[plt-scheme] boxes?

From: Gregory Woodhouse (gregory.woodhouse at sbcglobal.net)
Date: Tue Jan 23 22:17:05 EST 2007

On Jan 23, 2007, at 5:42 PM, Carl Eastlund wrote:

> The problem here is not that numbers and lists work differently, but
> that lists and *variables* work differently.  The (set! ...) form
> works on variables, not values; the set-car! form works on values.  It
> would be possible to implement integers that had a "set-integer!"
> procedure, so you could modify an integer as it was passed around, but
> that's not the same as set!.

Fair enough, but my point (rather a trivial one, perhaps) was that  
the similarities in syntax can be confusing.

My understanding (right or wrong) is that (set! x 4) changes the  
binding of the nearest enclosing x to 4. At least that's how I  
implemented it in my evaluator.

FWIW, What I've been trying to do is experiment with evaluation and  
reduction strategies. Reading SICP, I was impressed by how all the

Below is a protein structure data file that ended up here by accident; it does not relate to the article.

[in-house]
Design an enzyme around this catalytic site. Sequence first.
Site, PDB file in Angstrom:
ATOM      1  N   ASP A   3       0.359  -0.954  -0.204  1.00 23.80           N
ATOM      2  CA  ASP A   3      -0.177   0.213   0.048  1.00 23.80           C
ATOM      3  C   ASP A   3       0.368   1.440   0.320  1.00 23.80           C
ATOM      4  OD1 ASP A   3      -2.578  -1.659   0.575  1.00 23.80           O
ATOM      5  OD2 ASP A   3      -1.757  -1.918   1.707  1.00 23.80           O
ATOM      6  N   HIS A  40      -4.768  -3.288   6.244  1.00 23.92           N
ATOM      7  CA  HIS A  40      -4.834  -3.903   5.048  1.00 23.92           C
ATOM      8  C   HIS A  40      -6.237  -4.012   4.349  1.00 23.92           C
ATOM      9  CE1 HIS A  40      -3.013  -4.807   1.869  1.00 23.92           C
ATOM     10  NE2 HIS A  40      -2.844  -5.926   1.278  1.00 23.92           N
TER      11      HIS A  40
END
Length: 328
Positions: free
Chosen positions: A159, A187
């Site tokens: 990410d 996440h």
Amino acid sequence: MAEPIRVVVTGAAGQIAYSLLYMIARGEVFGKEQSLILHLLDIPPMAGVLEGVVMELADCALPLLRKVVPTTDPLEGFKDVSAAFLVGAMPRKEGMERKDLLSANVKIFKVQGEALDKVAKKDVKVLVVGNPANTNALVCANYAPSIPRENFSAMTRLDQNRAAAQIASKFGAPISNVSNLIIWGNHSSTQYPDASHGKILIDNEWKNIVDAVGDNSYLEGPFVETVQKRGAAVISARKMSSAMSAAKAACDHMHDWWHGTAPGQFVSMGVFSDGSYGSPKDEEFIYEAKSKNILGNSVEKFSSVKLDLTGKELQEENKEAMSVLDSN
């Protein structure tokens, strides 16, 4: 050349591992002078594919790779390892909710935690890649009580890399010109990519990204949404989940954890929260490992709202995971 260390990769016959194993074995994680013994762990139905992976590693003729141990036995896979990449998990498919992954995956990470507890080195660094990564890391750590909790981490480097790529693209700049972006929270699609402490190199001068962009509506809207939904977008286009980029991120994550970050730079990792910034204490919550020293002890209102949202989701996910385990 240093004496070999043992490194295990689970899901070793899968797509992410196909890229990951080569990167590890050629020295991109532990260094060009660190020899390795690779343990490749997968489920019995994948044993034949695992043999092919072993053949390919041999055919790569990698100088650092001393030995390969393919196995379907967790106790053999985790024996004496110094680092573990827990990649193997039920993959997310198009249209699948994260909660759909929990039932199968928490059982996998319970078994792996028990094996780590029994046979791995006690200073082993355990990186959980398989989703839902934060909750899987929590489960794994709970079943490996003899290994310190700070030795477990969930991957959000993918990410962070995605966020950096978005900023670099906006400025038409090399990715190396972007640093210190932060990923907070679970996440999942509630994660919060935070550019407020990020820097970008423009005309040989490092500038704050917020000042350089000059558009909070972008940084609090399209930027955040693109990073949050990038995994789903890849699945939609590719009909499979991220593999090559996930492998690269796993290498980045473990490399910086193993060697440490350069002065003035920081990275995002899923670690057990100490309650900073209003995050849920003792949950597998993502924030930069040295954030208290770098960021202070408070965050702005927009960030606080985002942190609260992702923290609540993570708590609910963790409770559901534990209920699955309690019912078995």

various functions eval-if, eval-define, eval-sequence, etc. resembled  
a semantic description of the language, so I decided to rewrite the  
evaluators (for practice) and experiment with how I can manage code  
re-use (something that's proving harder than I expected). I also want  
to try experimenting with type systems and such. Oh, and I never did  
really say why I started thinking about boxes. This may sound  
ridiculous, but in the language I'm used to using in my "day job" it  
is possible to share variables between separate processes. Does that  
make any sort of sense in a functional context? Maybe. I have in mind  
a kind of memory object that receives messages from parallel  
processes (interleaved in some fashion)  that will result in  
environment updates (not the same kind of environment as the set of  
bindings used by an evaluator). I'm also trying to wrap my brain  
around how this could work with reduction semantics. I did download,  
and am reading, PLAI.

Gregory Woodhouse
gregory.woodhouse at sbcglobal.net

"Those who are enamored of practice
without theory are like a pilot who goes
into a ship without rudder or compass."
--Leonardo da Vinci (1452-1519)

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